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Turmeric’s vivid orange colour, sharp flavour and subtle citrusy aroma are the power behind curry powder, mustard, pickles and spicy meat, fish, vegetable and rice dishes. In the fields where it grows, the turmeric plant hides its brilliant colour underground, showing only glossy green leaves and multi-petaled white flowers. But dig up the root, carefully clean and dry it, and you have an extraordinary spice beloved as much for its colour as its flavour. This member of the ginger family is a common ingredient in spice blends from the Caribbean, India, Indonesia, the Middle East and North Africa. In the bottle, it should smell earthy with a touch of ginger, and have consistent, bright yellow-orange colour.
Q: If I don’t have turmeric on hand, what makes a good substitute?
A: Turmeric is used more for its colour than its flavour. Sweet paprika has a bit more flavour, but its rosy red colour can stand in nicely for turmeric’s yellow-orange. Use it in equal measure.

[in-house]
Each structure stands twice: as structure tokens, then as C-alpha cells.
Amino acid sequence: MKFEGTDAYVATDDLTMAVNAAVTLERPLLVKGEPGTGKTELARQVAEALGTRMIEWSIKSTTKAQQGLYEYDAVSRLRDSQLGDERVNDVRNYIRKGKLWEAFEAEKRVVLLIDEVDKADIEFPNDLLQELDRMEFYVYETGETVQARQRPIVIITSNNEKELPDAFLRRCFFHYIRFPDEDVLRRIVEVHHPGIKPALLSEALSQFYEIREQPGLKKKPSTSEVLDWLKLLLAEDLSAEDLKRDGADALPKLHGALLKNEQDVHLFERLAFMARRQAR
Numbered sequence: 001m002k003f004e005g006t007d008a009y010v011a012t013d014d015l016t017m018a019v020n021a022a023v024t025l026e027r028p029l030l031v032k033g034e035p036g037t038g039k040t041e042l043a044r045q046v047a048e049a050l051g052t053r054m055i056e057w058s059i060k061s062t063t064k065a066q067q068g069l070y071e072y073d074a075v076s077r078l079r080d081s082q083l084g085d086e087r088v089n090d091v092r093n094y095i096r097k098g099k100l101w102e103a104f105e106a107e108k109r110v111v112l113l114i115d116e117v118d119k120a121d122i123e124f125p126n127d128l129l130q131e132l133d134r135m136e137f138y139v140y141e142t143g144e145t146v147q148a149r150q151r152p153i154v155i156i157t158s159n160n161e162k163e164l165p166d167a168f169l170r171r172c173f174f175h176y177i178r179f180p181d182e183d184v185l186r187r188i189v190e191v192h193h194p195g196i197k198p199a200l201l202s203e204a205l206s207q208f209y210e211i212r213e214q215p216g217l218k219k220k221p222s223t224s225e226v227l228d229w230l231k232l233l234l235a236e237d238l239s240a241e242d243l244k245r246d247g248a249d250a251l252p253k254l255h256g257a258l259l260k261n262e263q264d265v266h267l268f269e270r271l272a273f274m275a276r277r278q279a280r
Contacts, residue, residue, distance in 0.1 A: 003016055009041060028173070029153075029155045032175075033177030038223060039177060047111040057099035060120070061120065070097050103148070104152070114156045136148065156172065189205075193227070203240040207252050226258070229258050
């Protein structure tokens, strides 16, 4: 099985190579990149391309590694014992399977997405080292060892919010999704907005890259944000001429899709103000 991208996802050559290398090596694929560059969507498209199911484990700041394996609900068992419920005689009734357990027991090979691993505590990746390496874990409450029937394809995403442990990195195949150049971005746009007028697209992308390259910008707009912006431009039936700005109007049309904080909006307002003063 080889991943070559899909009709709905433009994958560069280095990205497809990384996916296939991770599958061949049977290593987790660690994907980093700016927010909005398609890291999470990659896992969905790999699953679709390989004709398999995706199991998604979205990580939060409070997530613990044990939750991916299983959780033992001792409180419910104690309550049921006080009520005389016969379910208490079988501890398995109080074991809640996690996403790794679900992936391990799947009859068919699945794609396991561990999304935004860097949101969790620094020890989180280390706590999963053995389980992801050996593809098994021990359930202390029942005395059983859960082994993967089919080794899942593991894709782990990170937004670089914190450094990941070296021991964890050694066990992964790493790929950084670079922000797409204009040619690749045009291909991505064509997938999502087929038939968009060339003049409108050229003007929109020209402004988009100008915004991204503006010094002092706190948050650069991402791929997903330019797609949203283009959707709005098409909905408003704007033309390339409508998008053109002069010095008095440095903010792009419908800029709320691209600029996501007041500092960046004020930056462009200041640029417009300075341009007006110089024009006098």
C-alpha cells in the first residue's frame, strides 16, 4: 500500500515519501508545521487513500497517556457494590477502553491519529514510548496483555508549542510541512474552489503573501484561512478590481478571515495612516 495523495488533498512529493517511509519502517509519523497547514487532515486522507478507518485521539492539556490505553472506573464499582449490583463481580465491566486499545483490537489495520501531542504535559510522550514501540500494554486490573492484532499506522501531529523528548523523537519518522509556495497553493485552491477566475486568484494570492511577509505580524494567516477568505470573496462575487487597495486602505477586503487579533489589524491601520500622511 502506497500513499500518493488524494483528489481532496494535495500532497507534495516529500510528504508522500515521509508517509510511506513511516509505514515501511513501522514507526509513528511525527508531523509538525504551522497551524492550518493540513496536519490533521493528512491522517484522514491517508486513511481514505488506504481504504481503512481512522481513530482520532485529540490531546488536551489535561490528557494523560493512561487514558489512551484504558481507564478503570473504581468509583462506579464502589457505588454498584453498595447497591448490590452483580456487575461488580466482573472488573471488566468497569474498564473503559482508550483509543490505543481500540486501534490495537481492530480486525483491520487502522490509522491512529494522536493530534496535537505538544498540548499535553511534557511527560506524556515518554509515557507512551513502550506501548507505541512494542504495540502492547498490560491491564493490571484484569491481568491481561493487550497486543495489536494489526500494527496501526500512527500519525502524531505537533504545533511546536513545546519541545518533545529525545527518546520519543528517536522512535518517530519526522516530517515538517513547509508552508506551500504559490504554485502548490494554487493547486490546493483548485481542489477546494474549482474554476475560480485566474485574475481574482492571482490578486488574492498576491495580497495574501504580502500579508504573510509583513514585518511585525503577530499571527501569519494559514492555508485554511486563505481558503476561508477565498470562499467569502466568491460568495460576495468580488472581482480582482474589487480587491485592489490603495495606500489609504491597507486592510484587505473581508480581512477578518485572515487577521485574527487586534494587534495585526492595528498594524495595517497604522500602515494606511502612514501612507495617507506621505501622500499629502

Europeans were latecomers to turmeric’s charms. It wasn’t until the 13th century that Italian explorer Marco Polo encountered turmeric in China and brought it home. He admired its similarity to the colour of saffron, the vibrant—and wildly expensive—stamens of the crocus flower. But turmeric already had a long history in Asia, both as a dye and a spice. Today, turmeric colours many things, from curries, mustard and pickles to silk and cotton, including the beautiful “saffron” coloured robes of Hindu monks.